When NASA engineer Harley
Gheen moved to Titusville, Fla., in 1972, he was
rummaging through a desk drawer when he came across
a set of plans for a boat he had designed and
"I always liked to
fish out of a canoe, but every time I went out
with someone who wasn't used to canoe fishing,
I ended up in the water. I wanted a canoe I didn't
have to worry about dumping," said Gheen
who is now the owner of the Gheen Manufacturing
Co., maker of the Gheenoe, one of the most unusual
Gheenoes look like square
stern canoes, except that these boats incorporate
built-in pontoons as part of hull construction.
This feature of the boat makes it more stable
than any canoe on Earth. The boat is so stable
that two people can stand up and walk around without
worrying about tipping.
Gheen designed the boat
while living in Tennessee in 1970, but he did
nothing with the design.
"I put the drawings
into a desk drawer and forgot about them. Then,
after I moved to Titusville, I was going through
a bunch of stuff from my office when I came across
them again," explained Gheen.
"While I was looking
them over, a guy came by my desk, looked at the
drawings and told me he wanted the first one I
built. I guessed then that maybe I ought to build
While he had originally
planned to build his untipable canoe out of aluminum,
engineers told him he couldn't get the bends and
curves required in his design.
"Heck, I just figured
I'd go ahead a build one out of fiberglass if
aluminum was going to be so much trouble. I built
a 1/8th model, then a mold. I laid
up the first boat in 1972," said Gheen.
It has been a long and
mostly prosperous road for Gheen and his two sons
who operate the company's two manufacturing plants
on the edge of NASA-oriented Titusville. From
the handmade and admittedly rough mold he used
for the first boat, Harley Gheen's company has
experienced tremendous growth.
Gheenoes now come in three
varieties--two designed for both paddling and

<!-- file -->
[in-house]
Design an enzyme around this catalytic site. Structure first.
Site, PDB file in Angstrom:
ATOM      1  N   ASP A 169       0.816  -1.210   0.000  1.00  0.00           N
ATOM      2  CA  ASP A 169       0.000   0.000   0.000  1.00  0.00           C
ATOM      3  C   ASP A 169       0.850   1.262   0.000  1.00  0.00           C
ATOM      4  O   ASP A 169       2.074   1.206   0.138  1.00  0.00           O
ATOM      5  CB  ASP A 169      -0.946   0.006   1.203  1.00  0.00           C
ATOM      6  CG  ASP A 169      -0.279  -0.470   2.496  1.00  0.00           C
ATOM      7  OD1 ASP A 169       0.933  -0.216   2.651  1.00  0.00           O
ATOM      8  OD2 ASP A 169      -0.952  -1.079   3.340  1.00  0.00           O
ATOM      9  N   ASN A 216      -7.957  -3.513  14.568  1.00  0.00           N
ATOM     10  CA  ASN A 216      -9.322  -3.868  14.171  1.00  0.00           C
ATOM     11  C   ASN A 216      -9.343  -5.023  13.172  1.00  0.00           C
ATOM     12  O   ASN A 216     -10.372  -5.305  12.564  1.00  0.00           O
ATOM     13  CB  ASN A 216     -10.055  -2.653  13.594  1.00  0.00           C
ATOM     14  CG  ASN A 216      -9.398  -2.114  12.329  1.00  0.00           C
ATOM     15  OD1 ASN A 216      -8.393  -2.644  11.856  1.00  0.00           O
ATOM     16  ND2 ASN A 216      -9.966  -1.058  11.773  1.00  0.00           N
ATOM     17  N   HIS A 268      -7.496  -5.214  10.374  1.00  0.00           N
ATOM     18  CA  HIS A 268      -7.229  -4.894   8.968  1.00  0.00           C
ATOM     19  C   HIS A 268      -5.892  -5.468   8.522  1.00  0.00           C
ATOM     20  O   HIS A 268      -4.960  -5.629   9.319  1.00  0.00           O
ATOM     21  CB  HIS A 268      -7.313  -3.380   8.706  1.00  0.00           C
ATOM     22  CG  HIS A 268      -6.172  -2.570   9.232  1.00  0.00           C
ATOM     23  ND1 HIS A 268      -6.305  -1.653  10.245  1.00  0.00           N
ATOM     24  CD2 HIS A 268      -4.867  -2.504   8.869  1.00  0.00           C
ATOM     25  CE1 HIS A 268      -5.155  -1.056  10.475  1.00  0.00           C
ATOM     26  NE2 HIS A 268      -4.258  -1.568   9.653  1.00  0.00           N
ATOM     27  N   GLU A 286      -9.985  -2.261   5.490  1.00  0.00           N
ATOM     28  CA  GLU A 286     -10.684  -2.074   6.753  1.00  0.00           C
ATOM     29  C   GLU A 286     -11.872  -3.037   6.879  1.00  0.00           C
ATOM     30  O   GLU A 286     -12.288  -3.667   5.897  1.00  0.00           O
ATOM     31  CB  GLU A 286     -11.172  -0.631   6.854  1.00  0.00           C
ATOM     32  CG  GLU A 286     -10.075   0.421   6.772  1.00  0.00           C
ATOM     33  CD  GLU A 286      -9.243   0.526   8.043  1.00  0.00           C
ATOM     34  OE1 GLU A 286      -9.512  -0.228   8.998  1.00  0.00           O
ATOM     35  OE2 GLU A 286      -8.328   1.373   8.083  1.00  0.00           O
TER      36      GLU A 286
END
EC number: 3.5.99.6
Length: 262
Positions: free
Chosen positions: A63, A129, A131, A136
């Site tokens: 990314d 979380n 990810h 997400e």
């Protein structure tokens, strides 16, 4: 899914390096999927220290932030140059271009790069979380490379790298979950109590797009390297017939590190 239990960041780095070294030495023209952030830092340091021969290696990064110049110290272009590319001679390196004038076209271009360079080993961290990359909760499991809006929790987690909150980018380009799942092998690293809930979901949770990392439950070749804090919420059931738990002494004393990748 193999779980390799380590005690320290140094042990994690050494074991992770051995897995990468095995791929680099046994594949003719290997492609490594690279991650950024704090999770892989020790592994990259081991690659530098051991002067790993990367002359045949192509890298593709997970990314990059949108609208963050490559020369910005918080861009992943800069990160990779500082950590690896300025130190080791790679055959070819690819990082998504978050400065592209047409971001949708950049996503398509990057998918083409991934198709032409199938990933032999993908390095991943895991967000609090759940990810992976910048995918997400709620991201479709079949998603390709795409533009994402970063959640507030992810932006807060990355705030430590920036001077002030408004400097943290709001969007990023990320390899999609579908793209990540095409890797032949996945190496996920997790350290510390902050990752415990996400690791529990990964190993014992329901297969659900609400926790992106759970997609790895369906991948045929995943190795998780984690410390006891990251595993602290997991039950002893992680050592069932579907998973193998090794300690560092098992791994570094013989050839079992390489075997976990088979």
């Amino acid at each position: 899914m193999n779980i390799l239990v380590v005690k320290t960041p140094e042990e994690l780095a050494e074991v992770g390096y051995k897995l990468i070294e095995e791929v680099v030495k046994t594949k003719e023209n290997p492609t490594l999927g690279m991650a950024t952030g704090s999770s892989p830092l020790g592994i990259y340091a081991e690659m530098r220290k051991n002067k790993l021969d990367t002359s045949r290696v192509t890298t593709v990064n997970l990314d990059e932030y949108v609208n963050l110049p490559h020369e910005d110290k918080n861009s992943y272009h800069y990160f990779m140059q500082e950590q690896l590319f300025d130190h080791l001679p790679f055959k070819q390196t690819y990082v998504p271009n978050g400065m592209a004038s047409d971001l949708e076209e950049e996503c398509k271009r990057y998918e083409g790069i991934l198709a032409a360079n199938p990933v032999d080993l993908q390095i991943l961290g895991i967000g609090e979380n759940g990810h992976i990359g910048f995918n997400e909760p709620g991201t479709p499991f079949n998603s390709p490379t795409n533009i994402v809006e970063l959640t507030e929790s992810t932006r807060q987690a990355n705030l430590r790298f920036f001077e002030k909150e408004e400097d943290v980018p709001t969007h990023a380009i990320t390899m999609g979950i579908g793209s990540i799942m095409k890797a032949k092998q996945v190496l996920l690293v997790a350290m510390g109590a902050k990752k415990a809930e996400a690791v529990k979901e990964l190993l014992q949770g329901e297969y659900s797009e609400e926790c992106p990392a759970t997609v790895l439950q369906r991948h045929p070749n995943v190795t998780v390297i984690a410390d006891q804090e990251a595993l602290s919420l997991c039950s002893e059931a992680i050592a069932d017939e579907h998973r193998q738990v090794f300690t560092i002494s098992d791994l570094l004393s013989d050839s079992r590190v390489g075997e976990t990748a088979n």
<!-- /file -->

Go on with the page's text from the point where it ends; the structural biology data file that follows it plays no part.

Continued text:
use with a small outboard, and a larger boat called
The Classic which is rated for a 25 h.p. outboard
and is often rigged with stick steering in the
bow. Classic options include an aeriated livewell,
dry storage, bilge pump, and running lights. A
neat little control panel tucks up under the bow
deck plate. The Classic is the best and most popular
fishing boat in Gheen's line, and you can see
them from North Dakota to Florida, although Gheenoes
are most popular in areas where shallow water
and tight quarters demand a light, easy-handling
craft. The boat drafts only three inches of water
in the stern, and with power trim, it is possible
to run in water that depth. This makes it ideal
not only for shallow fresh water lakes, but also
for fishing saltwater coastal flats for bonefish,
tarpon, permit and redfish.
The two Gheenoe plants
produce an averge of seven boats a week, every
year, and I was so impressed by these very non-canoelike
and sleek little boats that I bought one, a bright
blue beauty with enough curves and sexy lines
to earn her female name.
My boat is rigged with
a 25 h.p. electric start, short shaft Yamaha outboard,
power trim and tiller steering with telescoping
handle extension. A Motor Guide electric
troller with foot control decorates the bow plate,
and the boat came on a galvanized trailer with
13-inch wheels. My boat, fully rigged and carrying
gear weighs just over 450 lbs. and is a delight
to launch, load and tow. At this weight
and powered by 25 horses, my Gheenoe goes like
a"bat out of hell." Holes shots
are astounding, and the boat planes in just seconds.
The boat and trailer alone
costs around $2,000. Add $2,500 for the
outboard, a few hundred more for a trolling motor
and fish sonar unit, and you've got yourself a
safe, durable, speedy fishing boat with
most of the percs of a much larger and more expensive
fiberglass bass boat for under $5,000! That's
an amazing price compared to the $15,000 to $30,000
tickets on the fancy bass rigs.
I call the Gheenoe "the
older gentleman's boat" because its weight
makes it so easy to handle. Even if you manage
to load it cattywampus, one person can shove the
boat into correct trailing position.
If you are wondering why
I didn't "Buy American" when it came
time to hang an outboard on the Gheenoe, it's
because Outboard Marine Corp. and Mercury Marine
didn't want to sell me one. The Yamaha was cheaper,
and, according to most reviews, it is state-of-the-art
design with many improvements that enhance reliability
and durability. And, Yahama's U.S. advertising
man, Mike Walker of The Walker Agency was
a pleasure to deal with after prolonged silences
from OMC and Mercury.